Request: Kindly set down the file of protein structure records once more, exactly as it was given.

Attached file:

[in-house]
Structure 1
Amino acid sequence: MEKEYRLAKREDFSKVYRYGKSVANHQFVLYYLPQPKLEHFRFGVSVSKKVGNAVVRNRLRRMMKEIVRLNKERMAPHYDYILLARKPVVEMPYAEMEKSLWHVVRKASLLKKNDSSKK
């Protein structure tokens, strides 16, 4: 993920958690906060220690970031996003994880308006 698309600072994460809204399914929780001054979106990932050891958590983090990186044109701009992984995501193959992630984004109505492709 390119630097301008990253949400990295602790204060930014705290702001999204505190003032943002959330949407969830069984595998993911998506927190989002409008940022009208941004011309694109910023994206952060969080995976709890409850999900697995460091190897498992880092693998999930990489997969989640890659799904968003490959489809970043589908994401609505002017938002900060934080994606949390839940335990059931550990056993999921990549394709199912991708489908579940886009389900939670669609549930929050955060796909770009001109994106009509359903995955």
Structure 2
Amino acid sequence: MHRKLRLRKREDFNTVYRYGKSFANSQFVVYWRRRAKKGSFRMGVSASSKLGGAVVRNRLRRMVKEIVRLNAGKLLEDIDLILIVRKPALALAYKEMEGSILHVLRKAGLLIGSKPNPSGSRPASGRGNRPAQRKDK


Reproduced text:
[in-house]
Structure 1
Amino acid sequence: MEKEYRLAKREDFSKVYRYGKSVANHQFVLYYLPQPKLEHFRFGVSVSKKVGNAVVRNRLRRMMKEIVRLNKERMAPHYDYILLARKPVVEMPYAEMEKSLWHVVRKASLLKKNDSSKK
């Protein structure tokens, strides 16, 4: 993920958690906060220690970031996003994880308006 698309600072994460809204399914929780001054979106990932050891958590983090990186044109701009992984995501193959992630984004109505492709 390119630097301008990253949400990295602790204060930014705290702001999204505190003032943002959330949407969830069984595998993911998506927190989002409008940022009208941004011309694109910023994206952060969080995976709890409850999900697995460091190897498992880092693998999930990489997969989640890659799904968003490959489809970043589908994401609505002017938002900060934080994606949390839940335990059931550990056993999921990549394709199912991708489908579940886009389900939670669609549930929050955060796909770009001109994106009509359903995955």
Structure 2
Amino acid sequence: MHRKLRLRKREDFNTVYRYGKSFANSQFVVYWRRRAKKGSFRMGVSASSKLGGAVVRNRLRRMVKEIVRLNAGKLLEDIDLILIVRKPALALAYKEMEGSILHVLRKAGLLIGSKPNPSGSRPASGRGNRPAQRKDK